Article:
by David Deane

Q: I’m concerned about how we react to ethical lapses committed by others. When can it be said that we as individuals, or as a collective, have become overly intolerant of the frailties of others? At what point do we become censorious scolds? And why is this a problem? Why should we avoid such thinking? How can we recognize such thinking within ourselves, or within our group? How do we go about correcting it?

A: Westboro Baptist Church in Topeka, Kan., is best known for its homophobic protests. It has about 40 members. Twice that number of people liked the picture I posted on Facebook the other day of my eight-year-old daughter.

The congregation of Westboro Baptist Church is very small and comprised of one large and very strange extended family. Despite this, it attracts the attention of the world’s media.

One of the reasons it attracts attention is because we’re disgusted by what its members say. The more we hear from them, the more we see what bad people look like and the more we can remind ourselves that we’re morally good.

After all, we’re not them. They’re what baddies look like. We are not like them — in fact, the best of us, we tell ourselves, don’t just avoid the horrific positions they represent, the best of us abstain from judging altogether.

Think of the word “pope.”

A few years ago, this word was synonymous with intolerance, repression and secrecy. It has more positive connotations now because Pope Francis ingratiated himself with us with his often quoted phrase “Who am I to judge?”

With this statement, he has established himself as one of the good people of the Twitter age, or a non-judgmental person. He seems to be echoing the words of Christ himself: “Judge not lest ye should be judged.”

Unlike the Westboro Baptists who could all fit on one bus, more than a billion Christians treat these words as if they were, well, gospel.

While I share the utter abhorrence of the things Westboro Baptists say, I’m not convinced that judging people’s actions as morally bad is something we should never do.

Despite the prevalence of the “judge not” attitude on social media and in most churches, and despite the support of Pope Francis and, seemingly, Jesus Christ himself, I am still a bit uneasy accepting that judgement is a bad thing.

The notion of judgment has evolved in meaning.

For German philosopher Immanuel Kant, judgment meant an assessment or evaluation of something, or to have an informed opinion. This is the understanding of judgment we tend to use today.

In the time of Jesus, judgment meant the final judgment. That is, condemning to death or damnation, or saving from death or damnation.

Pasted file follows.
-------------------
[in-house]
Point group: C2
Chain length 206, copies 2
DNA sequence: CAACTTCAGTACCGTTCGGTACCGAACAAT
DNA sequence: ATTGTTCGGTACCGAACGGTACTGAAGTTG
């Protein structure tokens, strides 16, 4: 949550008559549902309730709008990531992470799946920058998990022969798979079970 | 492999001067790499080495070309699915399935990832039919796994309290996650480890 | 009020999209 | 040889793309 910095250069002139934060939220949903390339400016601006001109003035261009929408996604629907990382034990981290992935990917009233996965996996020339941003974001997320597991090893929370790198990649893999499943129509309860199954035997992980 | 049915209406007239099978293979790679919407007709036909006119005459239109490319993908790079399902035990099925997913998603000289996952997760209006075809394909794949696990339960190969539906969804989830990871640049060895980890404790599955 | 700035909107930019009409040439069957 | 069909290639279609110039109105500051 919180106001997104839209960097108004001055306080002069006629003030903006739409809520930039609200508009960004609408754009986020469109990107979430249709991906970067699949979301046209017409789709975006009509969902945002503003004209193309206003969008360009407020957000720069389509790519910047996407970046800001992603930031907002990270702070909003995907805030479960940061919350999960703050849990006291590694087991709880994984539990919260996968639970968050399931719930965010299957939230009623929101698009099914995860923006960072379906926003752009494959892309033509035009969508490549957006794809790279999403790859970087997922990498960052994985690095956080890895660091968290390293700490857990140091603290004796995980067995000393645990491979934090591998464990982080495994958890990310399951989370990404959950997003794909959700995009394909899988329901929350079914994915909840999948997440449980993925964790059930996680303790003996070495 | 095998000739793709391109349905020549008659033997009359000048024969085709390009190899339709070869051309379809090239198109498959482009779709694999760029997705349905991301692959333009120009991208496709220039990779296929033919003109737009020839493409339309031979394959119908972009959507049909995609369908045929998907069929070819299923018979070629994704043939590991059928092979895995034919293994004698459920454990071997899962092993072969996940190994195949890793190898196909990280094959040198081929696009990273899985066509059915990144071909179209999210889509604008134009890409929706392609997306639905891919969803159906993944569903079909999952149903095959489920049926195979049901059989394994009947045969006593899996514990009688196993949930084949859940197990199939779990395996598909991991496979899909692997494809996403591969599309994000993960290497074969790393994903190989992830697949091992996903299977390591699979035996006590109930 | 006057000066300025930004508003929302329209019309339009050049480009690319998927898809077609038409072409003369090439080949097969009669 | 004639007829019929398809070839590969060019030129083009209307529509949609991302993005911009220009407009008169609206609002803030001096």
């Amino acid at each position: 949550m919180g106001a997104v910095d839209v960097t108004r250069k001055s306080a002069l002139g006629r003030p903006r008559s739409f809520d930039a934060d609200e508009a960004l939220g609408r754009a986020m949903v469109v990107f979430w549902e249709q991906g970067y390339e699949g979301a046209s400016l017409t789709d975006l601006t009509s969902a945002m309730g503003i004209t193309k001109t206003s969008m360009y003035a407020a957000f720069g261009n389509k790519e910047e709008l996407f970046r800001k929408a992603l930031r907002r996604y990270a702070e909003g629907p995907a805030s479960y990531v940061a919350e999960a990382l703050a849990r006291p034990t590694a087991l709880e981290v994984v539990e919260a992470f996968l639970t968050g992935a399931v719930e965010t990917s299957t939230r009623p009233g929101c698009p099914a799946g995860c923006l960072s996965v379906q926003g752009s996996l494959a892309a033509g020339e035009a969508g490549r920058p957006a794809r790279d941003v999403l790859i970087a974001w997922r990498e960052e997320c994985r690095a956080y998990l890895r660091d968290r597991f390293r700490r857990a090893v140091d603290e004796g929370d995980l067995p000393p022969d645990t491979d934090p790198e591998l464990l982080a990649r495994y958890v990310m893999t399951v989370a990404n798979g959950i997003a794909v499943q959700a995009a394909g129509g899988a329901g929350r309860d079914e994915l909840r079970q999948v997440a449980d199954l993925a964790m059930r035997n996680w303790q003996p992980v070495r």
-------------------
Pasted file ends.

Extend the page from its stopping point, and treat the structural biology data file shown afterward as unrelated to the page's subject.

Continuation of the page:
Jesus may not have been as anti-judgment as some assume. After all, the moral analysis of rich or greedy men was not entirely alien to Jesus and his movement!

When we superimpose our modern understanding of judgment onto Jesus’ 2,000-year-old words, it leads to a significant misunderstanding of them.

I’m also uneasy about the current rage against judgement because it’s bogus. It’s a sham.

We, the good people, judge others just like the Westboro Baptists do. We judge climate-change deniers. We judge people who don’t have progressive views on women’s rights.

And, just like in the McCarthy era of anti-communism, people can lose jobs, contracts and public profile if we judge them to be out of step on feminist, racial, LGBT or other issues.

We rabidly judge those who eat unclean things like fast food, or use forbidden words like racial slurs. We are a wholly judgmental people, despite our claims to the contrary.

This is not necessarily a bad thing.

We can’t help forming opinions, offering moral analysis and making suggestions about what “the good” looks like and how best to live toward it.

I am uneasy about the “don’t judge” position. Saying we don’t judge doesn’t stop us from judging. It merely limits our capacity to do so responsibly.

It forces judgment underground. It militates against coherent analysis, against owning the judgment, educating ourselves, and offering clear arguments open to constructive critique.

The popular ban on judgment simply means that judgment becomes subliminal. It pushes it beneath critique and beneath analysis, where it becomes dangerous.

How far are witch hunts and “reds under the bed” trials from the consequences of the intolerant attitudes of our age?

“Who am I to judge?” people ask.

Perhaps the answer to this question is: You, a thoughtful, informed, intellectually responsible human being. Our only choice is whether to judge in a manner open to conversation, dialogue and critique, or subliminally, where it can become prejudice and bigotry.